Who defends the sheep?


Recently on a long car trip, our family enjoyed listening to the George Orwell classic “Animal Farm” on audio book.

Though several of the themes related to communism required extra explanation, the role of the pig, Squealer, was not hard for the children to understand. As representative of the official government narrative, he lied. He lied constantly. At times it seemed his sole job required he lead the other animals on the farm to doubt the things they knew and experienced previously. Against one who lies without compunction, what could the good-natured animals do? Against those with no regard for life, how do the righteous survive? When the virtues of virtuous people are used as a cudgel against them by the scoundrel, how can the good endure?

In Matthew 10, Jesus readied his inexperienced followers to be sent among the local towns and villages proclaiming the good news of the kingdom of God and healing the sick. However, his initial pep talk seems less than encouraging! He gives them a short parable which must have left them questioning their safety. He said, “Go nowhere among the non-Jews and enter no town of the Samaritans. Rather, go to the lost sheep of the house of Israel. … Look, I am sending you out as sheep among wolves, so be wise as serpents and innocent as doves” (Matthew 10:5, 16.)

Previously in Matt 7, Jesus warned of false prophets who functioned among the people as wolves dressed like sheep — deceiving the sheep into believing there was camaraderie where only treachery existed. Here Jesus instructs his emissaries to go among those sheep who are estranged from God, wandering lost away from his protection. Yet, in their going, he also equates them to sheep saying, “I am sending you out as sheep among wolves.” Both the recipients and the messengers are sheep.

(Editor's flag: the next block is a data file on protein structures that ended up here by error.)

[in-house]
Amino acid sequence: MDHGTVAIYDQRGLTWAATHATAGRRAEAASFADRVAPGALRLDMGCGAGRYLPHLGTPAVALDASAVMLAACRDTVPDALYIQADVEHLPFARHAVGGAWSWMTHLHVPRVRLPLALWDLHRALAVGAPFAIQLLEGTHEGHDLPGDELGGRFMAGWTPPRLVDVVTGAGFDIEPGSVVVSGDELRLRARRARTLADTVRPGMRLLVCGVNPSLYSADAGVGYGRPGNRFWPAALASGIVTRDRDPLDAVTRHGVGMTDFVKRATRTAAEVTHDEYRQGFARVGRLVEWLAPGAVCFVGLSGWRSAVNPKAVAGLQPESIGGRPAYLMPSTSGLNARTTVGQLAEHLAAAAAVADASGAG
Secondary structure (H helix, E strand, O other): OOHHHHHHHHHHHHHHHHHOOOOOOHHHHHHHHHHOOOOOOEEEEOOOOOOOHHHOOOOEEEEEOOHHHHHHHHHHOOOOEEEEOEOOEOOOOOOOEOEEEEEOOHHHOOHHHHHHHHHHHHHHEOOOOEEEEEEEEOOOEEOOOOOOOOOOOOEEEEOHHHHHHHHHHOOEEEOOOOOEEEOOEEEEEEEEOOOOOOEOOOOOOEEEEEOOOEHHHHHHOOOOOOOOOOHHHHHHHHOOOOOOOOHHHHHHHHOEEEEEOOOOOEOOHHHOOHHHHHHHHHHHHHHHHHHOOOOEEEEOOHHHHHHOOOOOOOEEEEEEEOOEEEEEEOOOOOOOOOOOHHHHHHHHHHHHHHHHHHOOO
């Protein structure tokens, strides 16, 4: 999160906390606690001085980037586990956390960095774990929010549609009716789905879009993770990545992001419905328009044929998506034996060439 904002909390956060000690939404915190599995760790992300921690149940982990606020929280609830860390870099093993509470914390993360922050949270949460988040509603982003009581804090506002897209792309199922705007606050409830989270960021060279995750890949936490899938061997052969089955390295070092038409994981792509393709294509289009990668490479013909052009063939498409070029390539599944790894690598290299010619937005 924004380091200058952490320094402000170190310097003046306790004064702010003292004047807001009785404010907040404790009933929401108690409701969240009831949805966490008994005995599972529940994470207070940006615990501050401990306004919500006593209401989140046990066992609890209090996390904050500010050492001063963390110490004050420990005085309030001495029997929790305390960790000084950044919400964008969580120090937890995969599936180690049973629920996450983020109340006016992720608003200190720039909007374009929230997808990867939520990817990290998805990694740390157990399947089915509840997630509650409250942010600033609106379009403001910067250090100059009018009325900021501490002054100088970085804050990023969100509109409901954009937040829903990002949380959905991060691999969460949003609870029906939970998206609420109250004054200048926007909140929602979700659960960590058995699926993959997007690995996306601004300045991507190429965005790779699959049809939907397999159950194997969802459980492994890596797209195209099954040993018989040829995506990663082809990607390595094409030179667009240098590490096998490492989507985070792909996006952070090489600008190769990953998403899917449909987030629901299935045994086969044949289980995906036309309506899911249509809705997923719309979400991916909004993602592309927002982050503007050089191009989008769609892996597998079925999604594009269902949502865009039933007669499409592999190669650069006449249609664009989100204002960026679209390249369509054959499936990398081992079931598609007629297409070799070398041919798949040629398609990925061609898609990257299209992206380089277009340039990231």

Remarkable among the animal kingdom, sheep have no natural means of self-defense. They possess neither great speed nor great intelligence. In an evolutionary model, they would never have been fit enough to survive the predators, such as wolves, eyeing them for a tasty snack. Yet humans recognized their value, and have been their protectors.

As sheep, we could try the discrete behavior of a snake and the harmless actions of a dove as Jesus instructs. We can keep our noses down — calmly doing our thing munching grass and growing our hair — but to truly survive and thrive we need protection.

It is not weakness to admit I need God’s protective ways in my life. It is not weakness to admit I need the defense of a kind shepherd.

As the heir of King David, the Jewish Messiah bears the name shepherd. In Micah 5:4, the oracle says, “He will stand and shepherd his flock in the strength of the LORD; in the majesty of the name of the LORD his God. And they will dwell secure, for now he will be great to the ends of the earth.” God himself defends the sheep, as does his chosen representative.

When Jesus sends out these beloved disciples as sheep among other lost sheep, he is not damning them to a vicious, bloody demise at the fangs of the wolves — his God, his life, his teachings, and later even his death defend them.

Kyle A. Kettering graduated from Xenia Christian High School in 1998, Cedarville University in 2004, and Nyack’s Alliance Theological Seminary in 2017 with a degree in ancient Judaism and Christian origins. Kettering serves as a teaching elder at Church of the Messiah in Xenia.

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